Courtesy of Argosy Cruises
Editor's note: This article was sponsored by Argosy Cruises.
This summer, a lot of families are excited about getting out and having adventures again, but also still a little uncomfortable with the big crowds that come with summer traditions such as street fairs and music festivals. Add record-breaking heat into the mix, and island day trips, always a good idea anyway, start to look like the perfect family outing. We’ve got plenty of islands to choose from around Puget Sound, but if you haven’t been to Blake Island lately, you might want to take a look at what’s new.
Although it is one of several rumored birthplaces of Chief Seattle, Blake Island has probably never been anything as mundane as the site of daily life. It was a communal gathering place for indigenous tribes in the region until timber companies clear-cut the island. Bootleggers used it during Prohibition, and for a while, the Trimble family owned the island and kept an estate there. Blake Island has been preserved as a marine state park since 1959, and about 70 percent of its 1,100 protected acres are under water.
“Basically, it’s a state park that also offers cocktails,” says Dan Albani, general manager of Blake Island. Today the Tillicum Longhouse (built for the World’s Fair in 1962), with its café, gift shop and theater operated by Argosy Cruises, still looks over the ferry dock. The rest of the island, now a second-growth forest, is crisscrossed with hiking trails, and ringed with rocky beaches and campsites.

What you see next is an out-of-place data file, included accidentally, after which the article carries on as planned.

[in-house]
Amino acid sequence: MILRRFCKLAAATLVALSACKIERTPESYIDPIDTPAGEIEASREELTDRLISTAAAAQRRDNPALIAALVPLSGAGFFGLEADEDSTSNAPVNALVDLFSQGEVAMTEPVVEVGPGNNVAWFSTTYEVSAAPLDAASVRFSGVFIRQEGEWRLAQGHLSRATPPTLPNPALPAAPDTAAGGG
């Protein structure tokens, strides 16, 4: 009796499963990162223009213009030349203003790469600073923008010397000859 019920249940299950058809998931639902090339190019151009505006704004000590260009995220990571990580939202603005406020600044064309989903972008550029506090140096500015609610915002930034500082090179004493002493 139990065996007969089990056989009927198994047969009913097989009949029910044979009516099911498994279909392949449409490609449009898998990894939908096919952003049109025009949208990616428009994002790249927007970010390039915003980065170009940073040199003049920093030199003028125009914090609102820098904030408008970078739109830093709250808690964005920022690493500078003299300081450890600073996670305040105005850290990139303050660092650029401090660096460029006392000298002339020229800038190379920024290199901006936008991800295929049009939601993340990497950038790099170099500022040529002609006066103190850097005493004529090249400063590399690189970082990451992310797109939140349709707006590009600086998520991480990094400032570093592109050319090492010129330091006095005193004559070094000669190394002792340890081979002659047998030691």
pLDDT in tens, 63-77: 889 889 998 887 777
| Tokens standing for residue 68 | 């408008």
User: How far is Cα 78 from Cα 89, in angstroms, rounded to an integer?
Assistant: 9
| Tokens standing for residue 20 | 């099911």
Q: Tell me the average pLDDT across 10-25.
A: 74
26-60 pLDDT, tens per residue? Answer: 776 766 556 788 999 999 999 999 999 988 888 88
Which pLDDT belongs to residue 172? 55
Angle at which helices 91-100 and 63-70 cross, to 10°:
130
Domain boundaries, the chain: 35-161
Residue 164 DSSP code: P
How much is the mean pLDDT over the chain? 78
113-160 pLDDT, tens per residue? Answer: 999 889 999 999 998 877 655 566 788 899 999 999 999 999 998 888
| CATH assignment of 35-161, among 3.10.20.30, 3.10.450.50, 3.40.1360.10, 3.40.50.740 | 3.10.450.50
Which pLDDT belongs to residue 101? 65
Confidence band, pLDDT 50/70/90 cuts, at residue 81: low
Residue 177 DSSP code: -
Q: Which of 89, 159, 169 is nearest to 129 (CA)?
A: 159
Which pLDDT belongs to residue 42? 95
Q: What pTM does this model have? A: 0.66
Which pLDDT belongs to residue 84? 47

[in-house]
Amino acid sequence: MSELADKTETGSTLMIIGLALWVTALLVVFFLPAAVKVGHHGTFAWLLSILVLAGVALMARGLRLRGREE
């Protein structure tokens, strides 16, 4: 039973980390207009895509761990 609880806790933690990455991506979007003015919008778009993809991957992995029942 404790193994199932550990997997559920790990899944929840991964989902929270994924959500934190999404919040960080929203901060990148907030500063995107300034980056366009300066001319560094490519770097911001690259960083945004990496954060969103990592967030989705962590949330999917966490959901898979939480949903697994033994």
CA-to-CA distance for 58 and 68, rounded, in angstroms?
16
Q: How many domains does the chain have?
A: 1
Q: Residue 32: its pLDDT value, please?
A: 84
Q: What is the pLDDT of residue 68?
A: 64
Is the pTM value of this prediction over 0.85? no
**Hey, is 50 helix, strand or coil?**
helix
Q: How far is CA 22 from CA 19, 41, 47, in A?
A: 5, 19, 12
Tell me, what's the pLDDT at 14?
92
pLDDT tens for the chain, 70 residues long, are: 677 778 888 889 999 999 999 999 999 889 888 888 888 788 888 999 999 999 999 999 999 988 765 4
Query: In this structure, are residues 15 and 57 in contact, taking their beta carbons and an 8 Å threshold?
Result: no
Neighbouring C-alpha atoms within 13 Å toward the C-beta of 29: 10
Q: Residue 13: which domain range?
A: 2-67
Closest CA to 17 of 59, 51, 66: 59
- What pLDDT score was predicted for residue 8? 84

Argosy Cruises has big plans for Blake Island in 2022, but for now, the on-island activities are custom-made for folks easing their way outside of their pandemic bubbles while still maintaining high levels of caution. This summer, they offer two family-friendly programs at the Tillicum Longhouse: a Coast Salish cultural presentation and a guided nature walk.
The 2-hour, 1.5-mile guided nature walk is an obvious choice for folks who are still leery of spending time indoors with strangers. The trails are easy to navigate, and though you can see the Space Needle on a clear day, the island boasts a surprising amount of wildlife. (When our ferry arrived on the low tide, a young raccoon, looking quite a bit more athletic than the rotund trash pandas that terrorize my neighborhood, was patrolling the beach; on the other side of the dock, a heron picked its way through the rocks.)
The current attendance limit is about 25 for the hour-long cultural program, which takes place in the Tillicum Theater located inside of the longhouse. It will probably get busier later in the summer, but on a recent Thursday, my family got a private performance by Blake Island’s cultural supervisor, Frank Mather. The current presentation is quite different from what used to be offered. Some of the changes are related to COVID-19 protocols, but under Mather’s guidance, the once-static performance is continually evolving to represent a broader range of Native traditions and to showcase more individual expression from performers.